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Fridge: City Hunter
  • Kaori is quite a beautiful woman, yet since they became partners she fails to get Ryo horny (unless he doesn't know it's her). At first it seemed strange... Then, reading the manga version of the Union Teope arc I found the answer: Ryo told Kaori that if she was to be his partner he wouldn't consider a woman anymore, and Kaori accepted. After the erection in that scene, Ryo almost stopped having erections from Kaori when he knew it was her.
  • Inspector Hirotaka Takeo looks like Hideyuki with darker glasses, to the point that Kaori briefly mistook him for Hideyuki's ghost, yet Ryo declares they look nothing alike. At first it seems Ryo is being an idiot as usual... Then you remember: Ryo tends to forget faces but remembers well the most notable characteristics of a person (best shown in the second story with Kasumi Aso: at first he couldn't recognize her due her civilian clothes, but screamed "Little Flying Ass" as soon as he saw a gymnastic leotard in the window of a ship), that, in Hideyuki's case, is his carefree and all-around nice personality, completely different from the more cynical Takeo.
    • This leads to another case of Fridge Logic: upon meeting Kaori, Ryo immediately recognized her as the 'Sugar Boy' he had met years earlier (the salient characteristic was her being a Bifauxnen and asking for advice to the strangest people). He just doesn't like talking of the past.
  • At the start of the series, a yakuza boss felt capable of having Ryo killed. Later in the series, the five most powerful yakuza clans of Kanto feels that, even together, they're no match for City Hunter. At first it seems strange... Then you realize: Ryo is the only person to have ever defeated Union Teope, where even other criminal syndicates were being destroyed by them. When the first yakuza boss made his threat Union Teope had just started pulling back, but after that...
  • In the second-to-last story arc Ryo deconstructs the Anguished Declaration of Love, noting that when it seems you're about to die the instinctive need for reproduction will take over and may make you believe to be in love, and explicitly says that Mick knows this well. The obvious question is: how much of Ryo and Mick's perversion stems from their lives being in constant danger?
  • Ryo and Kaori tend to have money problems. With what they earn, it seems strange... Then you notice how often they have to repair parts of their home from the damage they cause in their fights (plus Umibozu booby trapping a large area of the house to stop Ryo from jumping the daughter of his commanding officer during his days as a merc and a sabotaged airplane ramming the building, and the fact that the .357 Magnum rounds that Ryo uses all the time are friggin' expensive...
  • The revolvers we see Ryo using are all chambered for .357 Magnum (his Python), .38 Special (his back up M37, can also be fired by the Python) and .41 Magnum, with the only things they have in common being them being intended for police use (the Special had actually been created for military use, but became the prototypical police revolver round in the 1920s and is the standard round for Japanese police revolvers). Early on, Ryo states that he does those police jobs that the actual police can't do for some reason.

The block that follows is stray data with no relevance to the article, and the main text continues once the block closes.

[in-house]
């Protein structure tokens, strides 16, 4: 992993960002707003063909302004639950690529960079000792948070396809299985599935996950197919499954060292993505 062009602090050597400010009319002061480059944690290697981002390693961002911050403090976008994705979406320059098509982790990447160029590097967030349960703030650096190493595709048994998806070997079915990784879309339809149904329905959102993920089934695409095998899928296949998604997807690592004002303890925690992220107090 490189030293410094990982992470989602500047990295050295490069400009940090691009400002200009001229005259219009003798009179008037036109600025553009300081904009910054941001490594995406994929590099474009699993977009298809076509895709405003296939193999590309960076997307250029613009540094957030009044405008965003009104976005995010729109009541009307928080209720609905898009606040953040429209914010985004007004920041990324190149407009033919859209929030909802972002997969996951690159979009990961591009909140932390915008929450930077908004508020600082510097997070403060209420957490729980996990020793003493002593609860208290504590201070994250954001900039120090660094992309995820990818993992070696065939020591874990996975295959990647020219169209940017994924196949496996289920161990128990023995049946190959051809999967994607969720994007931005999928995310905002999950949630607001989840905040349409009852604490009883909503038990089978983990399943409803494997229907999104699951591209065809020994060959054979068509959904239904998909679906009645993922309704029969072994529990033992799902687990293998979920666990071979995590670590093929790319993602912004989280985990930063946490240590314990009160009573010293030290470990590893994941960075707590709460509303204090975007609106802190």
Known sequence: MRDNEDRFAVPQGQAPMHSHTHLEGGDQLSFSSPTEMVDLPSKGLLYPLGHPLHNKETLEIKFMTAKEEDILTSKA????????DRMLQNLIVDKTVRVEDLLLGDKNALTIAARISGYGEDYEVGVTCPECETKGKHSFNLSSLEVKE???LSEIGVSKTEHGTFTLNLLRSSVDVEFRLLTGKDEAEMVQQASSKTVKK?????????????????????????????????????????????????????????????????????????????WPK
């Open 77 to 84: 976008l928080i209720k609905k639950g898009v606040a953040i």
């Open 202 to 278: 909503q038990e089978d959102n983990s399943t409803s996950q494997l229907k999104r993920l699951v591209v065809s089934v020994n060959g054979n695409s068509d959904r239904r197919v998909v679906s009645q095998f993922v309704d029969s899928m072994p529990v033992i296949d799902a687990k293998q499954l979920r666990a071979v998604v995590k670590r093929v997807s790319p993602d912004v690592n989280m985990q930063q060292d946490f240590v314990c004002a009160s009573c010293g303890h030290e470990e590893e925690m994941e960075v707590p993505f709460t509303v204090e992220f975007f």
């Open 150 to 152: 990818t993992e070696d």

• About rounds and guns... The choice of handguns for all sweepers in the series seems to have a deeper meaning: the General's arm-mounted assault rifle is the symbol of him being a military commander for a drug cartel and of the lengths he'll go for his job; Umibozu mainly use a .44 Magnum, used by either law enforcement officers with little concern for collateral damage (see Dirty Harry for a somewhat realistic example) and big game hunters, and Umibozu, while still a Hitman with a Heart, is less concerned about defending civilians than Ryo is; Snake, Umibozu's traitorous comrade in his mercenary days, used a .38 Special gun, ineffective against Umibozu, and an AutoMag, a range toy for rich persons, as an hint that he rarely thinks things through; Silver Fox subverts Good Guns, Bad Guns by carrying a Browning Hi-Power, something that makes perfect sense due his militaristic theme and habit of disguising as an ally; Miki has been seen with a Colt M1911A1 and a King Cobra, the first an American military pistol symbol of her past as a mercenary and the latter a law enforcement pistol that can be linked to her calming influence over Umibozu; Bloody Mary carries either a PPK/S or a Glock 17, the spy weapon when she was The Mole and the Glock when she returned as an unquestioned ally; the Bat too uses a Colt M1911, and, given his rivalry with Ryo, can be linked to the debate of semiautomatics versus revolvers (they both use some of the most popular guns of their category); Kenny Field used a Colt Government Model, with his job as a bounty hunter being practically killing criminals on the US government's behalf; the Black Lizard's Browning Hi-Power is more a sign of what he wishes to be; the hypnosis-using assassin lack of a gun is a sign of the fact he never needed one; Mick Angel's use of a Desert Eagle in .44 Magnum (an hunting weapon) gets a new meaning when you find out he's the American City Hunter; and Kaibara's Colt Anaconda, practically being a larger Python in .44 Magnum, is a symbol of his relationship with Ryo.

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